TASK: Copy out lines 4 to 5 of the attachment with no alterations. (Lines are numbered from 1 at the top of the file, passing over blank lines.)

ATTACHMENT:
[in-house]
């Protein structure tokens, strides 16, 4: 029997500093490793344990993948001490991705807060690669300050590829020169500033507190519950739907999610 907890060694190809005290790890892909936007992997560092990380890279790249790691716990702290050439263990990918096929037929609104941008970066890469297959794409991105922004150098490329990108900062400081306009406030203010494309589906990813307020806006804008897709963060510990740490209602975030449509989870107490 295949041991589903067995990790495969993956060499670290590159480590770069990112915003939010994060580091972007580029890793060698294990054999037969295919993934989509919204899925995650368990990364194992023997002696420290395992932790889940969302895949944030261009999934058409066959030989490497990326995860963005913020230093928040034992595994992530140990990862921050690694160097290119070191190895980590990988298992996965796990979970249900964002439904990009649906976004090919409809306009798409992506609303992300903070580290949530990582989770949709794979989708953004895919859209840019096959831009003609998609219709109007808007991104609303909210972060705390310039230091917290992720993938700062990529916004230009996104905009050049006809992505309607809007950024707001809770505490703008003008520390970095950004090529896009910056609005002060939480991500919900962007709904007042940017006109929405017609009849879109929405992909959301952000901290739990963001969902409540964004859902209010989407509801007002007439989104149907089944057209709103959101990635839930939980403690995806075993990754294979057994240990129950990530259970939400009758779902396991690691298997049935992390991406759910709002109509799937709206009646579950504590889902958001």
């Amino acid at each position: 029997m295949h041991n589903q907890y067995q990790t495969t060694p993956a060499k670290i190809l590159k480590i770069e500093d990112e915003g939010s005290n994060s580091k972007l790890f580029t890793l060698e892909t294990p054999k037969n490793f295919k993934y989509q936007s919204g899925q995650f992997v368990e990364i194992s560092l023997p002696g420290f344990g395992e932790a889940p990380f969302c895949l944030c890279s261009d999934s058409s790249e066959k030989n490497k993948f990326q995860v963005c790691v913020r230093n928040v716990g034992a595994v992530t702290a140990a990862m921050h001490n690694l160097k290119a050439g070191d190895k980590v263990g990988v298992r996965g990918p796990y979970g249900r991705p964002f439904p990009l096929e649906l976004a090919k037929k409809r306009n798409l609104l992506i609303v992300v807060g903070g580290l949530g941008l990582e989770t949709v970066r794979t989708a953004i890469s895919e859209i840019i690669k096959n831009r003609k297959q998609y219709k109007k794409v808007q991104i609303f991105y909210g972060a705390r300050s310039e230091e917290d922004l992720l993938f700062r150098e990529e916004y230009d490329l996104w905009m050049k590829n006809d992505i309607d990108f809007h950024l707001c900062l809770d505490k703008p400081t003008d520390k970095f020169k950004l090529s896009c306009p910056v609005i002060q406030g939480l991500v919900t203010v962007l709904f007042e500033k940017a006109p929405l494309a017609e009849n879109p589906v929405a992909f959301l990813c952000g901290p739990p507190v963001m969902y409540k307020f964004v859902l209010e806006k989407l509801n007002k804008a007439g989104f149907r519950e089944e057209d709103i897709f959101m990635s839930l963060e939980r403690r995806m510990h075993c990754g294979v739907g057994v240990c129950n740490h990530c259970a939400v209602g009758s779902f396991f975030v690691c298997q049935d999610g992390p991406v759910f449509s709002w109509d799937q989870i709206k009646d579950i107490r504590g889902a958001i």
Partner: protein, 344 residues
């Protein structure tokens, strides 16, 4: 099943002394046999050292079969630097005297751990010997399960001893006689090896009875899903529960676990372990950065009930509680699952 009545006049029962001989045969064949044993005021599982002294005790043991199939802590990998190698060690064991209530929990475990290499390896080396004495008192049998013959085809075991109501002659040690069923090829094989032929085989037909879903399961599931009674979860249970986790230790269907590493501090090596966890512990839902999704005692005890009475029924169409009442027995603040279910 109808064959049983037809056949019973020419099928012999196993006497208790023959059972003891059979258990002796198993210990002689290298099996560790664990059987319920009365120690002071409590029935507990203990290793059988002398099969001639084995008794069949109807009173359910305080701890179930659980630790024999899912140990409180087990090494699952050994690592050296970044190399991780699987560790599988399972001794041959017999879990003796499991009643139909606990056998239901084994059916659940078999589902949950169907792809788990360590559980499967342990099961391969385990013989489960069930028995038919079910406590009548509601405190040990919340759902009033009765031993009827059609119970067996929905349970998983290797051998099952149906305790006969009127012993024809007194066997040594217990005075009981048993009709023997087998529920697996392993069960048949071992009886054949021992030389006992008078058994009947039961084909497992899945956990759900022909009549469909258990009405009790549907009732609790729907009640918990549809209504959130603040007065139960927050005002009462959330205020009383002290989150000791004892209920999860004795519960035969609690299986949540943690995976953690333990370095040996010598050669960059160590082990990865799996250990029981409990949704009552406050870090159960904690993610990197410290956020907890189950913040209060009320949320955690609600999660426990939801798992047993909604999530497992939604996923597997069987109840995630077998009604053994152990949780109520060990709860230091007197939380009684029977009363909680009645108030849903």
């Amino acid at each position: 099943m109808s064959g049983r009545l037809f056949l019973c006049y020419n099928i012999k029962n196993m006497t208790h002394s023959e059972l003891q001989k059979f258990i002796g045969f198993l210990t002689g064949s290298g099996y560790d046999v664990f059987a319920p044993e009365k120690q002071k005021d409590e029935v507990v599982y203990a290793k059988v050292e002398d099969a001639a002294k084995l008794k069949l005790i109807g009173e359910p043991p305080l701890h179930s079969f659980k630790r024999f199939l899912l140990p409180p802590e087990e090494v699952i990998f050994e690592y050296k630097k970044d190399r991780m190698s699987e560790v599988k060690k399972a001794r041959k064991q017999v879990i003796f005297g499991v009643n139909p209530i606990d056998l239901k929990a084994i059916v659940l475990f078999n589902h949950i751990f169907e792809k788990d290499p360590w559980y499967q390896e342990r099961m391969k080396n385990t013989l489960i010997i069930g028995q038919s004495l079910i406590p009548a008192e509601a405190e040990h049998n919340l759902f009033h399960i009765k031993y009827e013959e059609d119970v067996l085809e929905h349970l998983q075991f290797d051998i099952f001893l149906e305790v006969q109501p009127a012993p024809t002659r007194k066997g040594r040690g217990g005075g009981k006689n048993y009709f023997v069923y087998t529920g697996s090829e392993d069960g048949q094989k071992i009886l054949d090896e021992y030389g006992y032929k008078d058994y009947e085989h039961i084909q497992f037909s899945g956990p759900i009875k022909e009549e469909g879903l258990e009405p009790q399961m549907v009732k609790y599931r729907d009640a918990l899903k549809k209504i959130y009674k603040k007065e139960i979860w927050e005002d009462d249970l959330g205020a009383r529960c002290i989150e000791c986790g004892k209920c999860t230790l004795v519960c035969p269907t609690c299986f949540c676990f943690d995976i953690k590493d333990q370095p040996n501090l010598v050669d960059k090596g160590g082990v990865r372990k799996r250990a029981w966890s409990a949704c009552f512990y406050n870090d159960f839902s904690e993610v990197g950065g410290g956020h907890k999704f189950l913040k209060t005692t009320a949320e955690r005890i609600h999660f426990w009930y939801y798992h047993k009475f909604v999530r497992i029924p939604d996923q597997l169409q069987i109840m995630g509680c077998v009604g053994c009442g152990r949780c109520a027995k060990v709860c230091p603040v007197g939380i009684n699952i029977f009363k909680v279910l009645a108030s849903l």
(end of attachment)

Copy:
Partner: protein, 344 residues
């Protein structure tokens, strides 16, 4: 099943002394046999050292079969630097005297751990010997399960001893006689090896009875899903529960676990372990950065009930509680699952 009545006049029962001989045969064949044993005021599982002294005790043991199939802590990998190698060690064991209530929990475990290499390896080396004495008192049998013959085809075991109501002659040690069923090829094989032929085989037909879903399961599931009674979860249970986790230790269907590493501090090596966890512990839902999704005692005890009475029924169409009442027995603040279910 109808064959049983037809056949019973020419099928012999196993006497208790023959059972003891059979258990002796198993210990002689290298099996560790664990059987319920009365120690002071409590029935507990203990290793059988002398099969001639084995008794069949109807009173359910305080701890179930659980630790024999899912140990409180087990090494699952050994690592050296970044190399991780699987560790599988399972001794041959017999879990003796499991009643139909606990056998239901084994059916659940078999589902949950169907792809788990360590559980499967342990099961391969385990013989489960069930028995038919079910406590009548509601405190040990919340759902009033009765031993009827059609119970067996929905349970998983290797051998099952149906305790006969009127012993024809007194066997040594217990005075009981048993009709023997087998529920697996392993069960048949071992009886054949021992030389006992008078058994009947039961084909497992899945956990759900022909009549469909258990009405009790549907009732609790729907009640918990549809209504959130603040007065139960927050005002009462959330205020009383002290989150000791004892209920999860004795519960035969609690299986949540943690995976953690333990370095040996010598050669960059160590082990990865799996250990029981409990949704009552406050870090159960904690993610990197410290956020907890189950913040209060009320949320955690609600999660426990939801798992047993909604999530497992939604996923597997069987109840995630077998009604053994152990949780109520060990709860230091007197939380009684029977009363909680009645108030849903």